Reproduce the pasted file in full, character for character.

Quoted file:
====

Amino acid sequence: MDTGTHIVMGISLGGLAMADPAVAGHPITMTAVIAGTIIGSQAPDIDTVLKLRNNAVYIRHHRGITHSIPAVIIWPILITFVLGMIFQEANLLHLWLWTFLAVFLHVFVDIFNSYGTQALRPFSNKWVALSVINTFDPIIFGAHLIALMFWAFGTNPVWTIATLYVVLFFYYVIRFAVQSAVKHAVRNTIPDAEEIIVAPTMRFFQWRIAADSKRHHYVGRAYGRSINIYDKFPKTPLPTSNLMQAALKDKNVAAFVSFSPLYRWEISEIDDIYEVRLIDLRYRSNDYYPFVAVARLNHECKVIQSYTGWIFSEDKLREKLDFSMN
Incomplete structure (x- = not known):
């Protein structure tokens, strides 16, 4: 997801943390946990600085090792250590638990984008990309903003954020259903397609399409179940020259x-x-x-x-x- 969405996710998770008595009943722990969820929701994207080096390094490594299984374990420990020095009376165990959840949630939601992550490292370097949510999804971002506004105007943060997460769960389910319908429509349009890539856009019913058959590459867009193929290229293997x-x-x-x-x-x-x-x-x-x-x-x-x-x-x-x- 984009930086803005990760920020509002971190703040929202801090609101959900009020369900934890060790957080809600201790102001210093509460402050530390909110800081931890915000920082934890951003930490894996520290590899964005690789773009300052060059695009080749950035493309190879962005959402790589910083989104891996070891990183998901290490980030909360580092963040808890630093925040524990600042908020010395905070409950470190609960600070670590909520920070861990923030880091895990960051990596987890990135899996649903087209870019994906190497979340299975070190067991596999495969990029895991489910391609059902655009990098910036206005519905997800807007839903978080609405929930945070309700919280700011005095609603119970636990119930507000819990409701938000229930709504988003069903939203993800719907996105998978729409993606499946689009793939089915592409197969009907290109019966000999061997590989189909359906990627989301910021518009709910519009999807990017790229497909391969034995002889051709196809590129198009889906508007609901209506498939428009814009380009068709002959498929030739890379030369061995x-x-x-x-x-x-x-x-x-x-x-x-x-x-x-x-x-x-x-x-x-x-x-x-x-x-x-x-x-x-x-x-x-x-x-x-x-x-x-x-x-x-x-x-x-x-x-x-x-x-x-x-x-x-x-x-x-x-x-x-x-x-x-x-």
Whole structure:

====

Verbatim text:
Amino acid sequence: MDTGTHIVMGISLGGLAMADPAVAGHPITMTAVIAGTIIGSQAPDIDTVLKLRNNAVYIRHHRGITHSIPAVIIWPILITFVLGMIFQEANLLHLWLWTFLAVFLHVFVDIFNSYGTQALRPFSNKWVALSVINTFDPIIFGAHLIALMFWAFGTNPVWTIATLYVVLFFYYVIRFAVQSAVKHAVRNTIPDAEEIIVAPTMRFFQWRIAADSKRHHYVGRAYGRSINIYDKFPKTPLPTSNLMQAALKDKNVAAFVSFSPLYRWEISEIDDIYEVRLIDLRYRSNDYYPFVAVARLNHECKVIQSYTGWIFSEDKLREKLDFSMN
Incomplete structure (x- = not known):
């Protein structure tokens, strides 16, 4: 997801943390946990600085090792250590638990984008990309903003954020259903397609399409179940020259x-x-x-x-x- 969405996710998770008595009943722990969820929701994207080096390094490594299984374990420990020095009376165990959840949630939601992550490292370097949510999804971002506004105007943060997460769960389910319908429509349009890539856009019913058959590459867009193929290229293997x-x-x-x-x-x-x-x-x-x-x-x-x-x-x-x- 984009930086803005990760920020509002971190703040929202801090609101959900009020369900934890060790957080809600201790102001210093509460402050530390909110800081931890915000920082934890951003930490894996520290590899964005690789773009300052060059695009080749950035493309190879962005959402790589910083989104891996070891990183998901290490980030909360580092963040808890630093925040524990600042908020010395905070409950470190609960600070670590909520920070861990923030880091895990960051990596987890990135899996649903087209870019994906190497979340299975070190067991596999495969990029895991489910391609059902655009990098910036206005519905997800807007839903978080609405929930945070309700919280700011005095609603119970636990119930507000819990409701938000229930709504988003069903939203993800719907996105998978729409993606499946689009793939089915592409197969009907290109019966000999061997590989189909359906990627989301910021518009709910519009999807990017790229497909391969034995002889051709196809590129198009889906508007609901209506498939428009814009380009068709002959498929030739890379030369061995x-x-x-x-x-x-x-x-x-x-x-x-x-x-x-x-x-x-x-x-x-x-x-x-x-x-x-x-x-x-x-x-x-x-x-x-x-x-x-x-x-x-x-x-x-x-x-x-x-x-x-x-x-x-x-x-x-x-x-x-x-x-x-x-």
Whole structure: